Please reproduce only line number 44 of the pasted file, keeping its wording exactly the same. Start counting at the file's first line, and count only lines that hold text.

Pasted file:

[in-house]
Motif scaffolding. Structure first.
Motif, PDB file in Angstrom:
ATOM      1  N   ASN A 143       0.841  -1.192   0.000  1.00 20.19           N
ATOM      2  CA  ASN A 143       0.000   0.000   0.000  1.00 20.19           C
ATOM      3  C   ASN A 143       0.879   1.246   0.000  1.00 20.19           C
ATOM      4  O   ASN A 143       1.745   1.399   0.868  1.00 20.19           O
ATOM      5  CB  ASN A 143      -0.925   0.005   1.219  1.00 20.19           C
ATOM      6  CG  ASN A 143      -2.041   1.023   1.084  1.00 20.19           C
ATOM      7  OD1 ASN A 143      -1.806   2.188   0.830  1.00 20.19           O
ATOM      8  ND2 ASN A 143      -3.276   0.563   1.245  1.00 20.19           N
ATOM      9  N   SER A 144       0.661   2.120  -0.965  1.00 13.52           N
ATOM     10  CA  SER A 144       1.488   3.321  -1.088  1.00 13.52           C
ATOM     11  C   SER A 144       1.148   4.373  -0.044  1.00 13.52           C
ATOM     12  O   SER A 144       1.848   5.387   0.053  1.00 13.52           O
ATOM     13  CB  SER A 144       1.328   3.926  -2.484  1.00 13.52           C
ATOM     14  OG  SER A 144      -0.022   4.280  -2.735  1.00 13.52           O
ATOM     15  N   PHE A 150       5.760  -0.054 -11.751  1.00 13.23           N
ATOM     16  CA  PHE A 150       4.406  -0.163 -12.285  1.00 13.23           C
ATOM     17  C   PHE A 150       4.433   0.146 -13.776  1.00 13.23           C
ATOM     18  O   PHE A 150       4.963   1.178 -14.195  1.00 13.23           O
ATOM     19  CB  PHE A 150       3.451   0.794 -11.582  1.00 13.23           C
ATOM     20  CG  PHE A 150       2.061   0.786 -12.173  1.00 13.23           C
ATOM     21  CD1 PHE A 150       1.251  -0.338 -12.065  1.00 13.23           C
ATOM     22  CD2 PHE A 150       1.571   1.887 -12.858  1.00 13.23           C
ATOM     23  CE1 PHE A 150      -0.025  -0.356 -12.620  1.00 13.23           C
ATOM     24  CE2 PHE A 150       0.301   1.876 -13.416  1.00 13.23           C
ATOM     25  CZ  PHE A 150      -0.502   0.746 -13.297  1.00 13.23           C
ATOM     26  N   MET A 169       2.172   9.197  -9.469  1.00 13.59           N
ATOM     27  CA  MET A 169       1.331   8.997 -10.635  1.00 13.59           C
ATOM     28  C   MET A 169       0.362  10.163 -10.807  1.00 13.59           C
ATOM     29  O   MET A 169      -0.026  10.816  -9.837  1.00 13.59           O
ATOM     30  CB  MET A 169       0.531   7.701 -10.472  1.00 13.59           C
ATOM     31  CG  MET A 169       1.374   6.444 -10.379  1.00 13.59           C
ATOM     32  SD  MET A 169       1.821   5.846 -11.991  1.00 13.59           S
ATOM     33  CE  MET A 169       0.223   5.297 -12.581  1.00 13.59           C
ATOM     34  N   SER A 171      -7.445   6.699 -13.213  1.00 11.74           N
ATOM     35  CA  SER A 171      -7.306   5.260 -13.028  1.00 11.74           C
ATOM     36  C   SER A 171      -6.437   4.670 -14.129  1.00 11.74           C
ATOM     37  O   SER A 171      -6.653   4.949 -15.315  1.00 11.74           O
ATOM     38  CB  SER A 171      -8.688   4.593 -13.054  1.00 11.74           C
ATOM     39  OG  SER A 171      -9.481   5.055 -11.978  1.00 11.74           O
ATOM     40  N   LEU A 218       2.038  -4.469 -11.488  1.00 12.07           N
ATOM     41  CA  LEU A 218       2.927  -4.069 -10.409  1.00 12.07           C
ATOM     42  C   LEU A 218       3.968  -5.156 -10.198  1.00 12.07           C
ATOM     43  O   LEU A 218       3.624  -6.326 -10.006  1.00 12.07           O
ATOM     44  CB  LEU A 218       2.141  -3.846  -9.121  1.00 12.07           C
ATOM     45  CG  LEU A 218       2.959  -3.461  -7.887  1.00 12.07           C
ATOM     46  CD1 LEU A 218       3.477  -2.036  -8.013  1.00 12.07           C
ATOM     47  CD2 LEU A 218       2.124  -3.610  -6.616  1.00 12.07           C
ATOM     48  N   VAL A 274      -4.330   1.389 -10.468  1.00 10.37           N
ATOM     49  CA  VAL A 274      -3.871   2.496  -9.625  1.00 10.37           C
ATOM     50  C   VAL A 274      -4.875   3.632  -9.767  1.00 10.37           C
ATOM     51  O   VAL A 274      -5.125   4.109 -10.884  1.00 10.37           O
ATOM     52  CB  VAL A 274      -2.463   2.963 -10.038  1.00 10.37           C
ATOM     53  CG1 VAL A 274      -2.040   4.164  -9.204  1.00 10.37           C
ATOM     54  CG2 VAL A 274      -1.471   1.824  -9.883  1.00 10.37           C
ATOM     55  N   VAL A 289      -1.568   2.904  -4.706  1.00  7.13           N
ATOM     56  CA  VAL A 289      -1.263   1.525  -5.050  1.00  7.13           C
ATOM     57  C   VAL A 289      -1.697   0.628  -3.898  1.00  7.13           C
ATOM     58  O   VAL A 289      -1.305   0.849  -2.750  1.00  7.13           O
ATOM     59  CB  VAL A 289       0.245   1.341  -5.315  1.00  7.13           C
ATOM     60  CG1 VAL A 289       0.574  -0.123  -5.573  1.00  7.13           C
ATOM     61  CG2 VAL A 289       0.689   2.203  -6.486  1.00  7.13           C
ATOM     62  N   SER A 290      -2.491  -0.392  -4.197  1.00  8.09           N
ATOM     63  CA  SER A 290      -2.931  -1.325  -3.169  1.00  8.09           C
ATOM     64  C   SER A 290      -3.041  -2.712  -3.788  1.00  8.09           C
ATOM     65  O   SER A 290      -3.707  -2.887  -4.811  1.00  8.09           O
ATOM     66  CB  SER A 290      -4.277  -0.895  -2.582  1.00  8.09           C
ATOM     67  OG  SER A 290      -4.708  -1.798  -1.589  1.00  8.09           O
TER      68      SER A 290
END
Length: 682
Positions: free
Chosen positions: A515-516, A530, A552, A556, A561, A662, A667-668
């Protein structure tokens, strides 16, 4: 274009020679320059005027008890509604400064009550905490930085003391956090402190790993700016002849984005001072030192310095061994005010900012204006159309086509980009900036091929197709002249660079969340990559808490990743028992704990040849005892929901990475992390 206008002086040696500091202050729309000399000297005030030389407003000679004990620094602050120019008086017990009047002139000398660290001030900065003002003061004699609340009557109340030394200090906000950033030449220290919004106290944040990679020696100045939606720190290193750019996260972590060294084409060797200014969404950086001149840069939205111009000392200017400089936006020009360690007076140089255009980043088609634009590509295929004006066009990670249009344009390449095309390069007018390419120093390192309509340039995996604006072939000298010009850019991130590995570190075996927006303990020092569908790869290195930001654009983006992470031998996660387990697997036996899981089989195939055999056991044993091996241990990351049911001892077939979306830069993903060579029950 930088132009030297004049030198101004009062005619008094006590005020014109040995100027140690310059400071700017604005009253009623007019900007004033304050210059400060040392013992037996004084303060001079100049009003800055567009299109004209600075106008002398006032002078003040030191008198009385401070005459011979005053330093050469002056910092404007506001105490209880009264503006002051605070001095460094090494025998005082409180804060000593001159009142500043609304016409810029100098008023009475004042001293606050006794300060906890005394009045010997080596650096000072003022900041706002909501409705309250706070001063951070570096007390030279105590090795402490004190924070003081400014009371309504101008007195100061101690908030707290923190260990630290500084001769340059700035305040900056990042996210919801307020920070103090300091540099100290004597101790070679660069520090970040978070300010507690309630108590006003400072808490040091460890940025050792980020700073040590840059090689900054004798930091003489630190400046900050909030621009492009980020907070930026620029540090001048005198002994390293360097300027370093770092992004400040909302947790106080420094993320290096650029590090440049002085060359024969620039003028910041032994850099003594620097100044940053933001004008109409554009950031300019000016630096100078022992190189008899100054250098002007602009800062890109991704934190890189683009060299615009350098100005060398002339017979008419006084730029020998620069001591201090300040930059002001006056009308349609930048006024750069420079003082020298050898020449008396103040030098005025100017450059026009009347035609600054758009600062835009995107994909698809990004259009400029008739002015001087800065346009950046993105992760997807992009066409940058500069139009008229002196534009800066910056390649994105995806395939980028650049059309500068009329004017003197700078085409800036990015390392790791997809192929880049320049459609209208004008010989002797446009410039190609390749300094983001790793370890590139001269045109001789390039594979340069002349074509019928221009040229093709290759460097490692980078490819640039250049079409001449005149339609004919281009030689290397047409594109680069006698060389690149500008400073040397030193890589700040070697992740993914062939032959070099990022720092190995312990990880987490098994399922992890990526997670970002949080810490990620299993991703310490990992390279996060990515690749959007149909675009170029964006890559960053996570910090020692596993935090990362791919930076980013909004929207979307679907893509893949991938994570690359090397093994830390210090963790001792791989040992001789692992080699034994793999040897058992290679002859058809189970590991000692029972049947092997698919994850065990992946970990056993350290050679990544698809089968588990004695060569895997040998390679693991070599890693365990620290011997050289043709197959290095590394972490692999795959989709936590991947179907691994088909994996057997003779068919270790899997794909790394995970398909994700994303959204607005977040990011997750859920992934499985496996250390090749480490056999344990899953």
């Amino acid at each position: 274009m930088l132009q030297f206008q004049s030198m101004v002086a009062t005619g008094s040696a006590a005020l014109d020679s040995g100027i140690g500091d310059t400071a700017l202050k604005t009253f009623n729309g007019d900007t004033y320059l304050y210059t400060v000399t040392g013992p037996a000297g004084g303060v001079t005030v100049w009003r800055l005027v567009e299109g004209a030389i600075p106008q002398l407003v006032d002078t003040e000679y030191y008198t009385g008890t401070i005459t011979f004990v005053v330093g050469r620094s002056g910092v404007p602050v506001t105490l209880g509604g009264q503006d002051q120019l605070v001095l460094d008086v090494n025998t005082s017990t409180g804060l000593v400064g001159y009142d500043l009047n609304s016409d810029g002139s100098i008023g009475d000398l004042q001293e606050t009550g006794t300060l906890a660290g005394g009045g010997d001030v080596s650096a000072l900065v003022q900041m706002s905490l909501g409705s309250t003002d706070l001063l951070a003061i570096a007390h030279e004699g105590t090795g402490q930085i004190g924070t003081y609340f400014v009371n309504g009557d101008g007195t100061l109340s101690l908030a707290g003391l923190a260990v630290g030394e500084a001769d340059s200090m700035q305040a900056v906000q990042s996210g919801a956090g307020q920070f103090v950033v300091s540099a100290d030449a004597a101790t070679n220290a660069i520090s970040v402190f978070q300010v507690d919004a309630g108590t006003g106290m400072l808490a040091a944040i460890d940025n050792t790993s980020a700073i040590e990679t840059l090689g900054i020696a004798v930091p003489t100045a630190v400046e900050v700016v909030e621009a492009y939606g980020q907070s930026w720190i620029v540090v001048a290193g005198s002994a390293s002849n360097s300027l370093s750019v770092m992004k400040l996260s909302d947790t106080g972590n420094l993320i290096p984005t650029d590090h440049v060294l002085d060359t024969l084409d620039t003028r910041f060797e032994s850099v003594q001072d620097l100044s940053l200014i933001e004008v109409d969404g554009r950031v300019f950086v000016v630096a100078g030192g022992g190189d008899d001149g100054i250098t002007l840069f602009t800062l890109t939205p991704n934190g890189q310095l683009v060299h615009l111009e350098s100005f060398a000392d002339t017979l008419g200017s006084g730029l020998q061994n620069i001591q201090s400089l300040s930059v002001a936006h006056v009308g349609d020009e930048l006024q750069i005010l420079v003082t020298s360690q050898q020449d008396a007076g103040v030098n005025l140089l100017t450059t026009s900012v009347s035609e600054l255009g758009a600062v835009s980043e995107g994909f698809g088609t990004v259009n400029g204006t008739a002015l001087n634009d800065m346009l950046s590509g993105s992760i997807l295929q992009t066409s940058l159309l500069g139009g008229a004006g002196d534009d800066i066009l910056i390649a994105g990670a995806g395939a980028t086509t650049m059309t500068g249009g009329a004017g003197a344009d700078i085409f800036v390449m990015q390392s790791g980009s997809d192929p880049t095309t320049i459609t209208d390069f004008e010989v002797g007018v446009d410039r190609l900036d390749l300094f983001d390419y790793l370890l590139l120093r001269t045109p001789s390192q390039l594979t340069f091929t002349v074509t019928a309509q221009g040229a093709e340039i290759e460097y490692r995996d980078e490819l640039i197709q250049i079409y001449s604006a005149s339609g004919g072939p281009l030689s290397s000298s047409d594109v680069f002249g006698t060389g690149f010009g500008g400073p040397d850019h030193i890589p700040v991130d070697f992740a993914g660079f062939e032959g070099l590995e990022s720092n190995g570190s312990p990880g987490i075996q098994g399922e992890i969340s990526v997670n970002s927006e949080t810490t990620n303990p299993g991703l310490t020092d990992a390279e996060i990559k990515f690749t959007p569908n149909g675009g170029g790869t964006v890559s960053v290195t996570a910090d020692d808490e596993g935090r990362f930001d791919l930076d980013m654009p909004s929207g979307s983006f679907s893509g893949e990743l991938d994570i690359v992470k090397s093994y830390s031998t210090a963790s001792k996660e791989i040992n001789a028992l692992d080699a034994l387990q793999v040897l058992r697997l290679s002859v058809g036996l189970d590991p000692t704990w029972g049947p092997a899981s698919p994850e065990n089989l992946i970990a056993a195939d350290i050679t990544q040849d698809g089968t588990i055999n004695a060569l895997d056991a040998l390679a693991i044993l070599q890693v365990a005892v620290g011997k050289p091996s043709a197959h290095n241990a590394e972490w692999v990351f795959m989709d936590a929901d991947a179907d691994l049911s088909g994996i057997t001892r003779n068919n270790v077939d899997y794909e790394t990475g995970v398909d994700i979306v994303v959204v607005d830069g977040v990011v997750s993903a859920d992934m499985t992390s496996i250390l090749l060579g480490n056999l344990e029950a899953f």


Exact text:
ATOM     41  CA  LEU A 218       2.927  -4.069 -10.409  1.00 12.07           C